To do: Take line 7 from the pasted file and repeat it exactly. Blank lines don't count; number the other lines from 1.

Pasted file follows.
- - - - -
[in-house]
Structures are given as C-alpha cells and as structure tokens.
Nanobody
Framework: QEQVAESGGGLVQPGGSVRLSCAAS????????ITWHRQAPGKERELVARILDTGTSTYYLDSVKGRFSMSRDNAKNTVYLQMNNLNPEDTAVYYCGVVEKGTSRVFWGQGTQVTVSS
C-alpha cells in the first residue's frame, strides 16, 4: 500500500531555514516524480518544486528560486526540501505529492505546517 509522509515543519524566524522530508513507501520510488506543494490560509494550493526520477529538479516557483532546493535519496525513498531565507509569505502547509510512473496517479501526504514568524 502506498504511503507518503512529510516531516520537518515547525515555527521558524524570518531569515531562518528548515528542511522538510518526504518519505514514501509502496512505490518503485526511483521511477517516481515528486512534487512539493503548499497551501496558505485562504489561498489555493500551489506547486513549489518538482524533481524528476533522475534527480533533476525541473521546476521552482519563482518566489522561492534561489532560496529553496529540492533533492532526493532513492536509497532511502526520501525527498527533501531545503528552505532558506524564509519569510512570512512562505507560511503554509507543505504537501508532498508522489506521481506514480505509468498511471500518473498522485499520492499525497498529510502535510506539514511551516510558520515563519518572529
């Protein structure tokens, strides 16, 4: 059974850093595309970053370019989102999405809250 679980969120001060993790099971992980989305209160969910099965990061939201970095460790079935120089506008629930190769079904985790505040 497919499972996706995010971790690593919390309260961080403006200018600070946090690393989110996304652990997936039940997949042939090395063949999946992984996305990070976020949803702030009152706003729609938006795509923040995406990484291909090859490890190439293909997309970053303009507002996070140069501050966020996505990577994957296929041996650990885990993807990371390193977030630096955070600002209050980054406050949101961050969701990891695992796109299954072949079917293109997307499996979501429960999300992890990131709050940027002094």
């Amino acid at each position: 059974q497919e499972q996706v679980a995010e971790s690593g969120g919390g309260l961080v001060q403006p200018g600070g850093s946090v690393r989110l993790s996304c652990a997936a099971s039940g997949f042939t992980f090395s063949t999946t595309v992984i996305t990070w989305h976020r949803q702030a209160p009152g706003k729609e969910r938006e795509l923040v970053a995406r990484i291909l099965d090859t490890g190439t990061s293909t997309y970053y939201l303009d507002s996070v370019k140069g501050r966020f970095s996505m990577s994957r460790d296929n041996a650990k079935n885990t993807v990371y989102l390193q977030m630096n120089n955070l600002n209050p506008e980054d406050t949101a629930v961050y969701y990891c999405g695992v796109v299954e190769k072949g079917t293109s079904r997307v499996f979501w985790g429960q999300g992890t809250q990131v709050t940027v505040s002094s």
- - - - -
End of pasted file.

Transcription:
């Amino acid at each position: 059974q497919e499972q996706v679980a995010e971790s690593g969120g919390g309260l961080v001060q403006p200018g600070g850093s946090v690393r989110l993790s996304c652990a997936a099971s039940g997949f042939t992980f090395s063949t999946t595309v992984i996305t990070w989305h976020r949803q702030a209160p009152g706003k729609e969910r938006e795509l923040v970053a995406r990484i291909l099965d090859t490890g190439t990061s293909t997309y970053y939201l303009d507002s996070v370019k140069g501050r966020f970095s996505m990577s994957r460790d296929n041996a650990k079935n885990t993807v990371y989102l390193q977030m630096n120089n955070l600002n209050p506008e980054d406050t949101a629930v961050y969701y990891c999405g695992v796109v299954e190769k072949g079917t293109s079904r997307v499996f979501w985790g429960q999300g992890t809250q990131v709050t940027v505040s002094s």